Developer Interview: Maxime Vézina (Red Trigger)
As everyone remembers, Neoshadowzac covered the game Red Trigger on “Because it’s free!”(which can be re-watched here). Well it turns out that the developer Maxime Vézina was gracious enough to allow us to ask 10 simple question’s about their game, so that people can really get to know what goes into a project like this!
What sparked the creation of Red Trigger?
I was at the last semester of my program called 3D Animation and Design at NAD University, and for that semester we have to make a big project that reflects that we have gained the skills taught to us during the 3 years of that bachelor’s degree. We can do anything we want as a project. Usually, students make teams of 7-8 people and make a really beautiful game that lasts around 10 minutes. I told myself that it was the occasion for me to make a game that really suits me, so I decided to make a game by myself, that would focus more on the game play and also have a longer game that way. I’ve always loved puzzle games and wanted to make puzzle games (Even if I want to try almost all genre one day), and that’s how Red Trigger was born.
Did you set out with a minimalist art-style from the beginning, or was it a practical measure?
Yes, it was the art style from the beginning, as I consider myself much more a designer than an artist. I’m the type of person that don’t like to go into details visually, and I find that a minimalist style can still be beautiful. Also, that allowed me to really focus on the game play instead, and make more content.
Despite the game’s straightforward mechanics, there doesn’t seem to be much of a hint to the story of the game, beyond a voice-line. Was this a conscious decision, or just a coincidence?
That was intended, and I actually wanted at first to let the players analyse those lines and the little hints in the scenery to figure out the story (That you are actually the virus, for example). But of course I had to write a synopsis for the Steam description, so I pretty much gave it away in the end. Again, the story wasn’t my focus as well, even if I’m actually a writer too and that I love games with a compelling story. I only had 15 weeks to make the game, but I plan to make a longer and priced sequel in a couple of years, and this one should have more of a story than the first Red Trigger!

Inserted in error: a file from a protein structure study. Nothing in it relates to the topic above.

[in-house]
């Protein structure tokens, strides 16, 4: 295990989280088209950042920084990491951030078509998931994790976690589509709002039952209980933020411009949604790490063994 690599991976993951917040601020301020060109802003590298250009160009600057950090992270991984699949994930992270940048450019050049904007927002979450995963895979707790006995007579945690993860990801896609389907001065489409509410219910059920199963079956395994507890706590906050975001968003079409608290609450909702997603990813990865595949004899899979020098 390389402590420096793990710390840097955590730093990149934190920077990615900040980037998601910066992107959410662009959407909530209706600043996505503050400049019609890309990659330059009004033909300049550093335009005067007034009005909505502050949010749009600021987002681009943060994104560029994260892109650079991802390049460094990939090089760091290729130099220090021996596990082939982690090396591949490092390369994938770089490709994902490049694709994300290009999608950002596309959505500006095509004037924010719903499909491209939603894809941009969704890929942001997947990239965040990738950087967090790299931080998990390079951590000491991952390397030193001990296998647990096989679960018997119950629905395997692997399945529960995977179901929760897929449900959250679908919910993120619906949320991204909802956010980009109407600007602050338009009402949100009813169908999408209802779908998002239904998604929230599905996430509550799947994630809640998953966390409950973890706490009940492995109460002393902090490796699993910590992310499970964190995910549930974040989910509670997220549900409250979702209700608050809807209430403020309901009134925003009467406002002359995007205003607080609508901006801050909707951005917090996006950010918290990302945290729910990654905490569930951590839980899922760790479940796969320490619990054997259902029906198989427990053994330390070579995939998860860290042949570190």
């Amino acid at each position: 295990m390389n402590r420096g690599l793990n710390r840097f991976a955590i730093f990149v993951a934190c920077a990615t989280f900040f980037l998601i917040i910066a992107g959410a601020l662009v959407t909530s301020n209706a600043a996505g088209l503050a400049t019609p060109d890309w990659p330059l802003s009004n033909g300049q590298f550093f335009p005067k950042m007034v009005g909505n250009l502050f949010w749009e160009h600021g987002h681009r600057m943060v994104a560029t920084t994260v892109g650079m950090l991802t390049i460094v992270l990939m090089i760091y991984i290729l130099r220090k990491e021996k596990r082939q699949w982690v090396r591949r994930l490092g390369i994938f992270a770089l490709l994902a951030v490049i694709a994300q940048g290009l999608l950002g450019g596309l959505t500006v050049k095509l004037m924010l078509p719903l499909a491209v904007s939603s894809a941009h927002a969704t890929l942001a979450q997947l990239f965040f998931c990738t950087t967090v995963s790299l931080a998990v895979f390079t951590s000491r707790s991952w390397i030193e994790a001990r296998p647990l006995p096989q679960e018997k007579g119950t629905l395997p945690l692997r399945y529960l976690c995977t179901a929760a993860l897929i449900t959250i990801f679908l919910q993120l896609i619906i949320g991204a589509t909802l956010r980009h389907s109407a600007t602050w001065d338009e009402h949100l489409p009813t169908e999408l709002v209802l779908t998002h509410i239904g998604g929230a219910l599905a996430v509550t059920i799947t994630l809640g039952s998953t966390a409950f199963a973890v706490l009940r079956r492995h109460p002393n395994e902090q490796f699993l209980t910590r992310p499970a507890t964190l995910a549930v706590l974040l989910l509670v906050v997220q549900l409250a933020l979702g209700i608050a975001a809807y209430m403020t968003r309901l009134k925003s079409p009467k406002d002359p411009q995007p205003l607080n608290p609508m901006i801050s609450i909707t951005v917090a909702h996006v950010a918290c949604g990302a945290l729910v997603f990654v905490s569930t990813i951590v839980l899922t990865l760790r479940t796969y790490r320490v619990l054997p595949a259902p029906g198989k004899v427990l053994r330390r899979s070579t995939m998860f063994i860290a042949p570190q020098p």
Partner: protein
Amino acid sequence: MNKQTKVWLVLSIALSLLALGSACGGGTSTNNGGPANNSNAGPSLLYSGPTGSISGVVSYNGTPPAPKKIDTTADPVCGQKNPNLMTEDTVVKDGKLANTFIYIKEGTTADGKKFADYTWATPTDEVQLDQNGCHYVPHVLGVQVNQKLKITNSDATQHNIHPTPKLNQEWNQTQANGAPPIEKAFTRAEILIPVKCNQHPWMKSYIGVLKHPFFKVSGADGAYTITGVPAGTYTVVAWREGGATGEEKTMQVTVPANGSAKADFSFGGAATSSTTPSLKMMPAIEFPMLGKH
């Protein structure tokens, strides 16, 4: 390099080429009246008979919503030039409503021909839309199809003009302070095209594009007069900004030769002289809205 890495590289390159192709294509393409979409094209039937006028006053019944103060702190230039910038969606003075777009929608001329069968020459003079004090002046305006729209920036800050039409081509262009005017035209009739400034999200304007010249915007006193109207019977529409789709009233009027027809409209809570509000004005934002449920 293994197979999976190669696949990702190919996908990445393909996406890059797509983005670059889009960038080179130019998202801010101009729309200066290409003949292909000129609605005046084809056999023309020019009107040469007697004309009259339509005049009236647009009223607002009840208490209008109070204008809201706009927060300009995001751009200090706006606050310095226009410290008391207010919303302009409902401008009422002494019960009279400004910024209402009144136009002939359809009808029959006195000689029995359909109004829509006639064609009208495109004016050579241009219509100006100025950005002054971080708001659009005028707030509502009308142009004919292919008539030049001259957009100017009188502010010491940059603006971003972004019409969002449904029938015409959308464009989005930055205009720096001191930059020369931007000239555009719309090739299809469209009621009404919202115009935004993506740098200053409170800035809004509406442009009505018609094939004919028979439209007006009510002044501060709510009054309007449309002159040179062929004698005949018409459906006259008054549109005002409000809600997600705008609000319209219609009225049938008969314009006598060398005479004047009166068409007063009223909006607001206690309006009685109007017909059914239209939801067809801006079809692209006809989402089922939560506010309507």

Would you be able to point to any games provided good inspiration Red Trigger’s design?
Yes, the most obvious one is Portal, but I still wanted to differentiate from it and make Red Trigger unique, which I hope I achieved. Then, there’s Zelda, with for example the twisted corridor, which is some kind of homage to the one in the Forest Temple in Ocarina of Time. There’s also Majora’s Mask, which is my favorite game of all time, and I was inspired by it to make the world upside-down at one point. Also, there’s Antechamber for the puzzles aspects and trippy moments. And then, the one that isn’t usually noticed is Batman : Arkham Knight. There’s a part where you have to beat the Riddler’s puzzles, and some of them involve the bat-mobile, and you need to hit B to switch between two sets of platforms. That inspired me the concept of shooting blocks to expand and retract them, and I added the twist of having a limited number.
I noticed the game had a 10 minute completion achievement, despite its length. Any tips for potential speed-runners?
The game was intended to be speedrunned, and there’s some glitches that you can exploit. I suggest looking for the video of the world record, which is 4:38, where you can see some amazing tricks. Some of them were intended, some of them I wasn’t even aware of, and that’s what makes speedruns awesome. There’s also a ‘’hidden’’ feature for speedrunners, where if you activate the Red Triggers a certain way, you can get propelled around 3 times higher than usual, which lets you skip some entire levels. Also, use the bridges to your advantage in Level 7, the level of the Firewall!